There’s A Boom In Homebuying As Unemployment Soars

Forty-two million people have filed for unemployment. But last week applications for mortgages on new homes were up 17.5% compared to a year ago.

It’s a hard concept to reconcile as millions of people file for unemployment every week and protests and riots have erupted around the country after the death of George Floyd, but people are still buying houses during the worst economic crisis since the Great Depression — lots of houses, and more expensive than before.

Mortgage applications are up significantly over the same period last year, as is the average loan size, according to data from the Mortgage Bankers Association. The incongruously fast rebound of the housing market amid broad economic turmoil suggests that while home purchases are typically seen as an indicator of economic health, the numbers are becoming a more narrow bellwether for the state of America’s professional class.

“These are households that did not have the same kind of employment or income interruption as a lot of the population,” said Joel Kan, the MBA’s Associate Vice President of Economic and Industry Forecasting. “These folks are able to work remotely, who are still getting paid.”

Mortgage applications for a home purchase rose 17.5% in the week ending May 29 compared to the same week a year ago. The average loan size on these applications rose by 3.9% to $342,900. It’s not merely a blip — applications were up 8.7% in the previous week.

The boost is largely a result of tight housing supply and pent-up demand from buyers who held off on purchasing a home in April when real estate activity fell off a cliff and are eager to take advantage of record-low interest rates, housing analysts told BuzzFeed News. The average rate for a 30-year fixed mortgage is now about 3.45%, and the market now contains many first-time buyers, including millennials, said Selma Hepp, the deputy chief economist at CoreLogic.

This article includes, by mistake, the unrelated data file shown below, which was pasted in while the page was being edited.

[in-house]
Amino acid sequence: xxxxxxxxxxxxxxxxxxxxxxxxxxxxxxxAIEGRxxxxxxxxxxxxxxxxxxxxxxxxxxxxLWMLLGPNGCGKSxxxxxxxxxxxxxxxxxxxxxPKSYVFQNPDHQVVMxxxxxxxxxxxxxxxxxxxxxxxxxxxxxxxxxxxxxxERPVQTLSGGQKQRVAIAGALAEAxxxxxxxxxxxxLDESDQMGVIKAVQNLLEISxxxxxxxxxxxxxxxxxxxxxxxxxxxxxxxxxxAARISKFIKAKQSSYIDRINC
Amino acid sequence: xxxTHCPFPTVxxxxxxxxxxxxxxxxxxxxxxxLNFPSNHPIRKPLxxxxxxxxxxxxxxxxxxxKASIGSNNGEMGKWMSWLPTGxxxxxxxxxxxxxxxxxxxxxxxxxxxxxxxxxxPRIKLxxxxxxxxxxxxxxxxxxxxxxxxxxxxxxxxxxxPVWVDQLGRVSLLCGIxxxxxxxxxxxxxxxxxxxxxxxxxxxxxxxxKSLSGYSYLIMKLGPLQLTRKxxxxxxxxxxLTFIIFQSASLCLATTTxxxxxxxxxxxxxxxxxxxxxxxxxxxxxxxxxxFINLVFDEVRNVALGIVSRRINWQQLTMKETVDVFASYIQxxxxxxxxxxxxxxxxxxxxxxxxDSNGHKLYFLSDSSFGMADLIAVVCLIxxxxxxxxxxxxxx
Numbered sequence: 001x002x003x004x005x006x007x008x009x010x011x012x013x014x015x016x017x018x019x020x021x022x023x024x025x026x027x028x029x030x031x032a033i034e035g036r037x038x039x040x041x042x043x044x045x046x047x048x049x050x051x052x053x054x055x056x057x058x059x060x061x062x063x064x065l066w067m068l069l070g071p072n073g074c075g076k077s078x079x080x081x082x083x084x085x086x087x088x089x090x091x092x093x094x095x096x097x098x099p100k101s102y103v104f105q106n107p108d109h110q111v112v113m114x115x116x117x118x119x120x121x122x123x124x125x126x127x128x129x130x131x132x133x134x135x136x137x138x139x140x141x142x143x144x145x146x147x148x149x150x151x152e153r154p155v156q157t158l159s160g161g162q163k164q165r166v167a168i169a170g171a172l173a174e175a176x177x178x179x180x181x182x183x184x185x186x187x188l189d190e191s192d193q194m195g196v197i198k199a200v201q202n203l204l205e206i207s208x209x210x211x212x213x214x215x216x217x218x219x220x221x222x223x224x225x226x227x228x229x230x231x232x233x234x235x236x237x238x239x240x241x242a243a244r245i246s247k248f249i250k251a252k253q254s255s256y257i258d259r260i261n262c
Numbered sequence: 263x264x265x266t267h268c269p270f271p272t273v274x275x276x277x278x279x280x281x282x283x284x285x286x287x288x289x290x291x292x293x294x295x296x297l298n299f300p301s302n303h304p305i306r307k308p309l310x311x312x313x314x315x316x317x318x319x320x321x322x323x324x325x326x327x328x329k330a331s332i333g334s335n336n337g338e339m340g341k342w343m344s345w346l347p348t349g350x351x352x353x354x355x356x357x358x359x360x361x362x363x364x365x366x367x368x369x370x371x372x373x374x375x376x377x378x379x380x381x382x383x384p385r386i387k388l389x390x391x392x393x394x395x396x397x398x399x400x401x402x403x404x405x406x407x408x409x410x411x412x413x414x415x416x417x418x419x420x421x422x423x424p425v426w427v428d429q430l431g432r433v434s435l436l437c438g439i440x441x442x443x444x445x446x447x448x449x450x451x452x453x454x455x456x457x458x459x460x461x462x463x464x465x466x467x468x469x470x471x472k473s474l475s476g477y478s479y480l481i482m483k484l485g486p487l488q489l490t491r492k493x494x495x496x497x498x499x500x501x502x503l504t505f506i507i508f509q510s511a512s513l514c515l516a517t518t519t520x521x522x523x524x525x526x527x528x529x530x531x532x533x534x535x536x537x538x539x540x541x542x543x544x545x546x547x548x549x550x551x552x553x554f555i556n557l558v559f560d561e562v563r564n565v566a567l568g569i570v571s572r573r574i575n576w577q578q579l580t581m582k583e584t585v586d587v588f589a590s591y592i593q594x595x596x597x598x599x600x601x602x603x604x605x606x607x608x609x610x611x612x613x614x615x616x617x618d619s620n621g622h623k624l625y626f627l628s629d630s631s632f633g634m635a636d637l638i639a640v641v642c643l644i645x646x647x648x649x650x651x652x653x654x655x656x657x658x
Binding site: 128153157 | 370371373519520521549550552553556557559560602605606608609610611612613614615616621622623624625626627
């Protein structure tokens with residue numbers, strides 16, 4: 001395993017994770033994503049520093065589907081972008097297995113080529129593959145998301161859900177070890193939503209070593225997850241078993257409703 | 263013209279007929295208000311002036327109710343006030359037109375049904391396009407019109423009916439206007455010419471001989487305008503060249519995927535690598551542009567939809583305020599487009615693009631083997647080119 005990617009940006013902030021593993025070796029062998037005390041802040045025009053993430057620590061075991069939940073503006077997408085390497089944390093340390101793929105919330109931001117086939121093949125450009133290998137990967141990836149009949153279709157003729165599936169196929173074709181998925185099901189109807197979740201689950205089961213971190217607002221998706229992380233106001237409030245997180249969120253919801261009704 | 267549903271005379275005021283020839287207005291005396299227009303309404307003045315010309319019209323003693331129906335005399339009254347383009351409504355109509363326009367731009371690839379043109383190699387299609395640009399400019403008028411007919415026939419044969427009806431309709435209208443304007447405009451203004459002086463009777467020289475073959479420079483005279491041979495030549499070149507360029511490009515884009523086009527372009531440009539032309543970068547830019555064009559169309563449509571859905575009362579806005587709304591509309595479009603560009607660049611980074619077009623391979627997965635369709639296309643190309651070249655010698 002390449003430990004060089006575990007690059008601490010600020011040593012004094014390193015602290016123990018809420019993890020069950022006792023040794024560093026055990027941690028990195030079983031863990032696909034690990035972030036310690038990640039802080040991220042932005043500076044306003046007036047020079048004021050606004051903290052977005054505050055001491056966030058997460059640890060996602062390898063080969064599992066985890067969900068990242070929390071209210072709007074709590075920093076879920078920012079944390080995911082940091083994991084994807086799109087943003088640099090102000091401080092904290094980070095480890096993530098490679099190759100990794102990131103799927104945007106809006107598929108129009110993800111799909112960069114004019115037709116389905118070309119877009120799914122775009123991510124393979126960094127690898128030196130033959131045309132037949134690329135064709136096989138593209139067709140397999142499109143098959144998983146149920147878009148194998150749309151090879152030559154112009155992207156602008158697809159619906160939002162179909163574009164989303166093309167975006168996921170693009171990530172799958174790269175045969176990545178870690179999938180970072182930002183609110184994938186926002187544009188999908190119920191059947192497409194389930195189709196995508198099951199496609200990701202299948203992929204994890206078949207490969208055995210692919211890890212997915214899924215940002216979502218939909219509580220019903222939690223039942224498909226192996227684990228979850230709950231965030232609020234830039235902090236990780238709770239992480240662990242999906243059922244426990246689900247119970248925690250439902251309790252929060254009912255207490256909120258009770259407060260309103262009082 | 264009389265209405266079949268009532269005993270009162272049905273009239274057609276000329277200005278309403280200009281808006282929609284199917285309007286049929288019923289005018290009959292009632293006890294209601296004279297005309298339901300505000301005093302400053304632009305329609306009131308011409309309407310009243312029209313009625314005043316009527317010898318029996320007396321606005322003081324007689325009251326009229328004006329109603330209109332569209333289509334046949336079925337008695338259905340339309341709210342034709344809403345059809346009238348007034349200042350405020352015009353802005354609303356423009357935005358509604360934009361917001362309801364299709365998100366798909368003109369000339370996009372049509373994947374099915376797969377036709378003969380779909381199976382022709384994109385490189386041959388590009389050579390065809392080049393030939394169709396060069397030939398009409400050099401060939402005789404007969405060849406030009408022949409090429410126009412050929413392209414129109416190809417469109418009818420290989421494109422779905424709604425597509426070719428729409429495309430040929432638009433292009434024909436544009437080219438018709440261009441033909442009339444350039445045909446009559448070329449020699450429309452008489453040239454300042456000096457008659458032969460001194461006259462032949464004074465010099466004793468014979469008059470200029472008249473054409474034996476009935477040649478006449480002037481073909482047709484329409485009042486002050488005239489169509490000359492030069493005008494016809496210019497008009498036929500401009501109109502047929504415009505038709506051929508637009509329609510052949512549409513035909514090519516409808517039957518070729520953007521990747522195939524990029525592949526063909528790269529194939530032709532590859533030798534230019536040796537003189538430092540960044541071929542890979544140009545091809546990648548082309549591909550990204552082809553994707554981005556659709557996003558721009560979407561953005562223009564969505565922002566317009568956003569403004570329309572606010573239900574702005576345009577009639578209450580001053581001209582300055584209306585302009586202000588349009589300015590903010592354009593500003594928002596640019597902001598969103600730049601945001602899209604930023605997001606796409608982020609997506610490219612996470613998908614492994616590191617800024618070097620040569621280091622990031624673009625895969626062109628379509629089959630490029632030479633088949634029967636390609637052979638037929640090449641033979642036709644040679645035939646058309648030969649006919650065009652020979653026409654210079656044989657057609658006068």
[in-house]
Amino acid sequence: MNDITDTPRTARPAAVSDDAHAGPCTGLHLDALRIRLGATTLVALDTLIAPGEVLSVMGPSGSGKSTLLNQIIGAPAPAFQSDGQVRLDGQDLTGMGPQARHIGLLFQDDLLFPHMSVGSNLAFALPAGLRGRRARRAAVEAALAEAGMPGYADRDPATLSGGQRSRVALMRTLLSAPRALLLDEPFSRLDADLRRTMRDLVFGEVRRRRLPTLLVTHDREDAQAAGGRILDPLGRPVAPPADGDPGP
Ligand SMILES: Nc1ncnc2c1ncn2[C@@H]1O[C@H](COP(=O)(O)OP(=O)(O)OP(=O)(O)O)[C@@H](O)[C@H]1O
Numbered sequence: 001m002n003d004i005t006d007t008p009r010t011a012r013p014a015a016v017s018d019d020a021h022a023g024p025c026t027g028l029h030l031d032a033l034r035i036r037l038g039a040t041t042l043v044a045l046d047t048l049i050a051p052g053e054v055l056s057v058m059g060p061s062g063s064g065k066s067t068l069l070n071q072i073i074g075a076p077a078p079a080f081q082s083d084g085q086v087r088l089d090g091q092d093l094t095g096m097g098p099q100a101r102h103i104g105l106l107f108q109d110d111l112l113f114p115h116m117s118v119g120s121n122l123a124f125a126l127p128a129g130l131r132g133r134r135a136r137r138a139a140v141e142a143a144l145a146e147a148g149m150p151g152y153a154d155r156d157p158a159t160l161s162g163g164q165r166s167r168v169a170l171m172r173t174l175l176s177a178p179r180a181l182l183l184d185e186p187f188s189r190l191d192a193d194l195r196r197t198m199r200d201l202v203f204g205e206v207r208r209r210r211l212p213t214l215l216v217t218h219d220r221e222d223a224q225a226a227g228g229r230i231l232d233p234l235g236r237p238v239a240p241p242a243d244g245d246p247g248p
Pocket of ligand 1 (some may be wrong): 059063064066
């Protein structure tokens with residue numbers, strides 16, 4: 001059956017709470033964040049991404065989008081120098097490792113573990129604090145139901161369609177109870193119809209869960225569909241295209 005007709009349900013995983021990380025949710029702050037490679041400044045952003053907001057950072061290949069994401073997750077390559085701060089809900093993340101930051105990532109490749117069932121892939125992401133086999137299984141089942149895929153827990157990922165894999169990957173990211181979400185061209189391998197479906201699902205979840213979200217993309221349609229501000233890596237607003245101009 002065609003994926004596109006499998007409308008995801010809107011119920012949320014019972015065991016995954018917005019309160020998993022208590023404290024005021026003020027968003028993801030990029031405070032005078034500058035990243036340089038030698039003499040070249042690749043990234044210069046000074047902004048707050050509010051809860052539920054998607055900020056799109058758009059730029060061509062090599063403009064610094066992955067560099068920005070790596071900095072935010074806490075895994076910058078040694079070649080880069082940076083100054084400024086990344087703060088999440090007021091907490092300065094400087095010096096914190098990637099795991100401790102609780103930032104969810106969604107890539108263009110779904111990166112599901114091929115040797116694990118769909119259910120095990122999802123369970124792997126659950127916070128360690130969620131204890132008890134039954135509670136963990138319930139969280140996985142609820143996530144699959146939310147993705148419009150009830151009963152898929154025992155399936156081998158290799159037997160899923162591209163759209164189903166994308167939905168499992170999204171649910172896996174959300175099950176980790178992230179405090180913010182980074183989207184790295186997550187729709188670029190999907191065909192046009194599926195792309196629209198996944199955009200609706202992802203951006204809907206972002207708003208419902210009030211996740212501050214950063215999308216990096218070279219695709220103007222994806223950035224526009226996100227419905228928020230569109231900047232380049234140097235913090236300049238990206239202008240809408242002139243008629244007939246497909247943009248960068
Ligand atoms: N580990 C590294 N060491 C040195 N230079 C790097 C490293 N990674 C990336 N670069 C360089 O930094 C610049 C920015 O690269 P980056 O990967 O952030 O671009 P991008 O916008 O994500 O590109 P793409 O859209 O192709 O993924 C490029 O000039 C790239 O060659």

Those who had less stable employment and lower wages before the pandemic, meanwhile, seem further away from homeownership than ever. Unemployment figures from the Bureau of Labor Statistics showed that joblessness for women, people of color, and less-educated workers was higher than the overall 14.7% unemployment rate in April. “The people who lost their jobs, on an income spectrum, they were not likely to be potential homebuyers because service workers generally have lower wages and are more likely to be renters,” said Hepp.

And it’s not just that a growing share of the country cannot take advantage of today’s low mortgage rates and an expected dip in home prices in the coming year. Existing homeowners, who’ve benefited from a decade of booming home prices, are huge beneficiaries of today’s lower interest rates, which allow them to refinance mortgages for even lower monthly payments. Mortgage refinance applications last week were up 137% from a year ago, according to the MBA.

This same divergence in fortunes was prevalent after the Great Recession: Banks made loans much harder to get and the wealth gap widened, even as home prices slumped and the government pumped money into the system to keep banks lending.

Expect a similar split in the wake of the current crisis. Homeownership rates for most racial groups held steady or increased over the last decade, but the rate dropped for blacks, especially young adults, according to the nonprofit Population Reference Bureau. “With higher incomes, white families are able to purchase homes an average of eight years earlier compared with black families, generating more equity and potential for growth in assets,” according to a PRB report.

“The ultimate rub in situations like these is those who are impacted the most can’t take advantage of an incredible boom in affordability,” said Skylar Olsen, senior principal economist at Zillow. “They can’t buy during a crisis and they can’t ride the improvement out the other side.”